For the past 18 months, many of us have significantly reduced our physical activity. Instead of walking across parking lots and down the long hallways of our offices, we simply roll out of bed and turn on the computer, working remotely from home.
This lack of activity has impacted both our mental and physical health—mental, meaning the stress, anxiety, and depression the pandemic has caused, and physical, meaning all of the health problems that a sedentary lifestyle can cause, including leg pain, swelling, and fatigue that result from a weakened calf muscle. (The calf muscle, you may recall, serves as your “second heart,” which helps pump blood and metabolic waste up and out of your lower legs.)
Combine all this with an underlying health condition, such as varicose veins, and you may be experiencing swollen, tired, achy legs that reduce your movement further. In short, if we do not move, we eventually become like the Tin Woodsman—rusty and immobile, standing frozen in the forest.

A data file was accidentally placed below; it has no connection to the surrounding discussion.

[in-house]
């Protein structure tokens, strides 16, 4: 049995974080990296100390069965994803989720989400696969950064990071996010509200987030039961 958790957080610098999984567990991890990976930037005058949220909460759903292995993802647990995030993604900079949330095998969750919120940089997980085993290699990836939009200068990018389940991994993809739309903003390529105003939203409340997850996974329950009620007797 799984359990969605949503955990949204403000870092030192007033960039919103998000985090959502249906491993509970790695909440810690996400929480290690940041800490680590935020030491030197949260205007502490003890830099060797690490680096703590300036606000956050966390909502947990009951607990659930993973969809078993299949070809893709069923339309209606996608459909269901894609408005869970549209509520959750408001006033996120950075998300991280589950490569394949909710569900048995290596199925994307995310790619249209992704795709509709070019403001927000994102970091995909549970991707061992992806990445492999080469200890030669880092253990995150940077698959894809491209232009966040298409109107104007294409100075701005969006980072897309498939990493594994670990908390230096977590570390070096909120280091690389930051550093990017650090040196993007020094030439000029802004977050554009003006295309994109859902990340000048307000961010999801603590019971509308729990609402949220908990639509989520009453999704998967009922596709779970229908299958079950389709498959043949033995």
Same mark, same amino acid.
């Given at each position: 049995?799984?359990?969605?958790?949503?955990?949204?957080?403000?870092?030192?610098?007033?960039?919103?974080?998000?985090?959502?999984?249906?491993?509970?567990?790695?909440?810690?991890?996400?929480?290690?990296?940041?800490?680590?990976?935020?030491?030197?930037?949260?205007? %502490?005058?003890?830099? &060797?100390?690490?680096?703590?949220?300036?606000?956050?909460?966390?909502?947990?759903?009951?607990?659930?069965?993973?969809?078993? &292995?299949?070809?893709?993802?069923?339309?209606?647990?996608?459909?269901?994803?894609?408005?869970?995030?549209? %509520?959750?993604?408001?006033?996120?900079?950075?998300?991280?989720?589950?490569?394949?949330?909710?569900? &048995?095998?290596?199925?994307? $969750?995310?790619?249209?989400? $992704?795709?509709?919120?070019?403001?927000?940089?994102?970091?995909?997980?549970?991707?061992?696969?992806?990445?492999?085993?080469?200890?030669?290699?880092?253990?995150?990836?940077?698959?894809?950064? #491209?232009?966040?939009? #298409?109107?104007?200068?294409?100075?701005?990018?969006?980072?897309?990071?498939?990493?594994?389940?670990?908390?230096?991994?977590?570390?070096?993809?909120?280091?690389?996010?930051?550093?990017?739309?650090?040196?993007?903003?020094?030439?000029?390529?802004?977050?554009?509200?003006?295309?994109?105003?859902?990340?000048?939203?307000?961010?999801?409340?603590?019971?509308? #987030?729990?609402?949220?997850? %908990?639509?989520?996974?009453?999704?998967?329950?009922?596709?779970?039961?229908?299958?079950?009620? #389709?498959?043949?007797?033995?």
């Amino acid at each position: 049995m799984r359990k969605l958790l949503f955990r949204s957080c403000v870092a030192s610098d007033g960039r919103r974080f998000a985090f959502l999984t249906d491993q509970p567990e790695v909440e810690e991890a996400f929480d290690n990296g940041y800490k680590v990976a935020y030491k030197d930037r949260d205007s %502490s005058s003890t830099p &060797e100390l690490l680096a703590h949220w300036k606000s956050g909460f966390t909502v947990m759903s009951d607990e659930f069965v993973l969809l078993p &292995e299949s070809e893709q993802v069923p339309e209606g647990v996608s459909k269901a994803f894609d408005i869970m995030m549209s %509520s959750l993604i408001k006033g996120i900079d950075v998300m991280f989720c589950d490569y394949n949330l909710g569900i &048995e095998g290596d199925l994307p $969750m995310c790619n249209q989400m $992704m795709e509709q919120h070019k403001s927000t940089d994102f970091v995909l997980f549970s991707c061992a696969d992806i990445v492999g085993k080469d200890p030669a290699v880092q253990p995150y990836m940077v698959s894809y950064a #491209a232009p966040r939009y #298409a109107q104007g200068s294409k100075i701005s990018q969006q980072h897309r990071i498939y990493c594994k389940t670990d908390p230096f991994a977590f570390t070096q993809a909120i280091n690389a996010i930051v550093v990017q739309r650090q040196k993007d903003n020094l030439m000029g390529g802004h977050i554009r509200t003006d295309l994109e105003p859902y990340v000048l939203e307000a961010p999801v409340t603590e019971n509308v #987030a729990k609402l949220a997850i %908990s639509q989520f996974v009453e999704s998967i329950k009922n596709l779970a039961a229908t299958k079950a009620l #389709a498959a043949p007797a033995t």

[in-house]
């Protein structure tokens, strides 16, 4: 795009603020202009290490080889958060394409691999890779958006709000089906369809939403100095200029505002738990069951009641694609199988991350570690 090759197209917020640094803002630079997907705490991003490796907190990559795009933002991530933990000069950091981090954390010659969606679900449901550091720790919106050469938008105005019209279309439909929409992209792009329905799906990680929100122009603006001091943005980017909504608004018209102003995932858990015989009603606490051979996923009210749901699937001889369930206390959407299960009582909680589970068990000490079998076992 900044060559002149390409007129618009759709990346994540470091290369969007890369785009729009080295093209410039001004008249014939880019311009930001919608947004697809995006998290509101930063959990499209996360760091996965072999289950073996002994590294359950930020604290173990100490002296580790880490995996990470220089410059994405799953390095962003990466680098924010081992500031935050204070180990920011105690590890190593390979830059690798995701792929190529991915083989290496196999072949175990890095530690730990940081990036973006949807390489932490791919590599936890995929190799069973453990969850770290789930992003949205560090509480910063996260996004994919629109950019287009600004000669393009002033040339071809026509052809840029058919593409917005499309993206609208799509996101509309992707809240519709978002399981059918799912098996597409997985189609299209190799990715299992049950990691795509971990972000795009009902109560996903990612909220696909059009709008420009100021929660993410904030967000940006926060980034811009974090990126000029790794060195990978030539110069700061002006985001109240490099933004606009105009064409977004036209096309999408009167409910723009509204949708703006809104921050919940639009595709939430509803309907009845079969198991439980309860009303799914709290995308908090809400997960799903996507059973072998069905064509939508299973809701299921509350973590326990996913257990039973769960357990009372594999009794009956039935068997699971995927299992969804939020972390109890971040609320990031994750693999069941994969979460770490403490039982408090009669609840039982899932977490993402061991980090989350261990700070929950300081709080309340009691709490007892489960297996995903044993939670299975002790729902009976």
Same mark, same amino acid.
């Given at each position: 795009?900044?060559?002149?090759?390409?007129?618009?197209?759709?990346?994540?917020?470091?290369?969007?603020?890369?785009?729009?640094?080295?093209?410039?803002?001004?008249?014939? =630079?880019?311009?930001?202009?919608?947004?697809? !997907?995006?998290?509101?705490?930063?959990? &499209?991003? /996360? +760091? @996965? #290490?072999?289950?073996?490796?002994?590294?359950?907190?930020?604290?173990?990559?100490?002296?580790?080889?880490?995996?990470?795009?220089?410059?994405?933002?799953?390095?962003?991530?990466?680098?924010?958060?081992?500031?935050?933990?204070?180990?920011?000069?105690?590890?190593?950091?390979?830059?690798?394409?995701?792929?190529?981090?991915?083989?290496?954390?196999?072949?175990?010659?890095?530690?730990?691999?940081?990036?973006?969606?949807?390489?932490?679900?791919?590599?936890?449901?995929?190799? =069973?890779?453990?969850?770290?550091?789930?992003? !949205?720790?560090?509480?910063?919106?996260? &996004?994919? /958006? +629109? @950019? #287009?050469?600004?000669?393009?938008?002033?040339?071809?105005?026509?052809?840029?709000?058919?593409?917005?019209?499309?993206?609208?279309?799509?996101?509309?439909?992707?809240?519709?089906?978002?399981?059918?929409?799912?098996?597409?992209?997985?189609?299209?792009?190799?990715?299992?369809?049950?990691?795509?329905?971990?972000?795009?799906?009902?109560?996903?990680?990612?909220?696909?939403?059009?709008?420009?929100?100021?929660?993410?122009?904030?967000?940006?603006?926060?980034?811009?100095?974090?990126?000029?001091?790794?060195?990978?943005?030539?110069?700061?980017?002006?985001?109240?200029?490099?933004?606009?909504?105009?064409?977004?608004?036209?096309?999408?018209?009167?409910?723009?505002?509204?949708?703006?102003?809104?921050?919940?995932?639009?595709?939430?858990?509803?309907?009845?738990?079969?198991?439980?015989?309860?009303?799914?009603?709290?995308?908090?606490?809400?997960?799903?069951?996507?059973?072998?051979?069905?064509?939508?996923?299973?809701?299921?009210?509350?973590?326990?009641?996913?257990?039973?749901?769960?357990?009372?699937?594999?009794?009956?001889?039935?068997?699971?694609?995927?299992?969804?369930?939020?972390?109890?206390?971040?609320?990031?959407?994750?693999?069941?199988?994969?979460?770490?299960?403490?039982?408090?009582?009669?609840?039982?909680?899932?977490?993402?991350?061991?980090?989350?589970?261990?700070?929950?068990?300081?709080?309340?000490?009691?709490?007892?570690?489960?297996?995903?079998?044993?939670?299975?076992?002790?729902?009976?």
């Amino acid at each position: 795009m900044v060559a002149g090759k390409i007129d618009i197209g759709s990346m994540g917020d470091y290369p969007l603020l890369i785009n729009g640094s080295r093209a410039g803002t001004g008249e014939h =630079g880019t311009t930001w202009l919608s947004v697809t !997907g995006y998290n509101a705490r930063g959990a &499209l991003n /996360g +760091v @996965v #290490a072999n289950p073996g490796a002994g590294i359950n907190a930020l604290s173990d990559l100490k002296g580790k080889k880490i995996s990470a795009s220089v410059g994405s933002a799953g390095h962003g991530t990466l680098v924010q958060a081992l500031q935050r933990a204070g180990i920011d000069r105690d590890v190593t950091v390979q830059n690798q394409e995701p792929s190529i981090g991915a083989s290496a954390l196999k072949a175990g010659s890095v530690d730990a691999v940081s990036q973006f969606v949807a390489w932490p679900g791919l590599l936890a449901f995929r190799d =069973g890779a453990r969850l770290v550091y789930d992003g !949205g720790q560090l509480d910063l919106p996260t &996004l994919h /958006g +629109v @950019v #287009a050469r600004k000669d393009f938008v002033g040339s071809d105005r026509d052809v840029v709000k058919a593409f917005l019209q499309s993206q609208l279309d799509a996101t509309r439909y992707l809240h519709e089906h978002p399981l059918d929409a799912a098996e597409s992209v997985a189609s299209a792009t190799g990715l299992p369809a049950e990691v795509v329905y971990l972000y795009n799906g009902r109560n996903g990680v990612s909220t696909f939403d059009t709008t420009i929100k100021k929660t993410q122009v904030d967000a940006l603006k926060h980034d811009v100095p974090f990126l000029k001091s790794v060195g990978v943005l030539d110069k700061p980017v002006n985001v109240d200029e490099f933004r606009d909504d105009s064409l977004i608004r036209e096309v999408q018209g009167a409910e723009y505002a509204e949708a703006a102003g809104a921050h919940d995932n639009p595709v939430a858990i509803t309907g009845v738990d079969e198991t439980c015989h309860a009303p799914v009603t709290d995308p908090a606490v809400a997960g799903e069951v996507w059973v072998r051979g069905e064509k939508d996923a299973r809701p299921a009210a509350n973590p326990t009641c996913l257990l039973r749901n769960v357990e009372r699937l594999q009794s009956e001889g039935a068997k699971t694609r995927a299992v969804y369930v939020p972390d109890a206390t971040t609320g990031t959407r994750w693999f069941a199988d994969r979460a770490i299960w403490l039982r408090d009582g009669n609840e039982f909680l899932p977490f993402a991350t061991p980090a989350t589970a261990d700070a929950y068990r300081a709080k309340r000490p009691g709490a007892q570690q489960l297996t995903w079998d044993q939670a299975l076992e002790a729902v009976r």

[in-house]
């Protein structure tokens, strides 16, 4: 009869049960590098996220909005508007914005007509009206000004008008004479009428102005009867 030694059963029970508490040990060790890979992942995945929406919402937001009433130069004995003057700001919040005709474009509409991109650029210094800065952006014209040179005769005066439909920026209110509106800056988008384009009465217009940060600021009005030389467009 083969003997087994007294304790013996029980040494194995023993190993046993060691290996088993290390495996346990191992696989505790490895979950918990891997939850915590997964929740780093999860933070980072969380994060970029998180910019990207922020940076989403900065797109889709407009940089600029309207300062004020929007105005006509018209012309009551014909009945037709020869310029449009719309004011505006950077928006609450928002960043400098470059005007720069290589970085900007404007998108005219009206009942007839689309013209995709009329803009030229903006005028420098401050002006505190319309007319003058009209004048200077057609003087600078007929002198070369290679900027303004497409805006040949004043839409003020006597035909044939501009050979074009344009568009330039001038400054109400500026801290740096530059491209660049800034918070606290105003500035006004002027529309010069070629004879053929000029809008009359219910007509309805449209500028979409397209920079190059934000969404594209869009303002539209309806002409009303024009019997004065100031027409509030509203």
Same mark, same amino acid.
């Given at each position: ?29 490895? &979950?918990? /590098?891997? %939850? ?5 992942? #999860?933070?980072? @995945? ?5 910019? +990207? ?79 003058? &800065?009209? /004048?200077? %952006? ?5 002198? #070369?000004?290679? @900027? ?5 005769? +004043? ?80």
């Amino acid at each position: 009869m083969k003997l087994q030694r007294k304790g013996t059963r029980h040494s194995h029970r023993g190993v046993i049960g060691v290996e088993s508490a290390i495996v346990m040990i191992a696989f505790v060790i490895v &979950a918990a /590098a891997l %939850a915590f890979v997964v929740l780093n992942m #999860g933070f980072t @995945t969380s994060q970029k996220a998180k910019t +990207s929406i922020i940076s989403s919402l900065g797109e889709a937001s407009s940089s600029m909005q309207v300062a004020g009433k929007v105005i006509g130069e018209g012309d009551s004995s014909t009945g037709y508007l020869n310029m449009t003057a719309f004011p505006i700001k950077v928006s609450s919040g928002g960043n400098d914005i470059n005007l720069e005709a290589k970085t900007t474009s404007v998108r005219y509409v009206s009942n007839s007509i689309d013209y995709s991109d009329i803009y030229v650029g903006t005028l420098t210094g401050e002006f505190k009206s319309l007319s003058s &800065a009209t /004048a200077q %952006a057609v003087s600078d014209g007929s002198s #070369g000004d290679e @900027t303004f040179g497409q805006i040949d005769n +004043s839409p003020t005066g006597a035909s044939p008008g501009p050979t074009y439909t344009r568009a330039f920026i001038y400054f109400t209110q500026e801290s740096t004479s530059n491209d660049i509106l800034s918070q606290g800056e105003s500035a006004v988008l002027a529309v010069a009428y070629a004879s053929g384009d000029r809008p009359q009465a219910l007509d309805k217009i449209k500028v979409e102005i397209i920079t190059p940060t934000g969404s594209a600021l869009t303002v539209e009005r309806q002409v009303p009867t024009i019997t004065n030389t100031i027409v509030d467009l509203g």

Our parents and grandparents were taught that if something hurts, you shouldn’t move it, but that is typically not the case. Unless you have an actual injury that needs time to heal, the best thing you can do to help sore legs is to walk, even if you don’t feel like it.
Of course, getting in your 5,000 to 10,000 steps each day won’t help completely if you have an underlying venous health problem. If you’re feeling a bit like the Tin Man or have any of the following symptoms, it’s a good idea to get checked out now:
- Chronic leg pain
- Leg cramps
- Restless Leg Syndrome.
Dr. Sonja Stiller is a diplomat of both the American Board of Emergency Medicine and the American Board of Venous and Lymphatic Medicine. She is the founder of the Center for Advanced Vein Care, a Tier 1 provider with Lake Health Hospital System, located at 7200 Mentor Avenue, in Mentor. For an appointment, call 440-710-1140. More info can be found at YourHealthyVeins.com.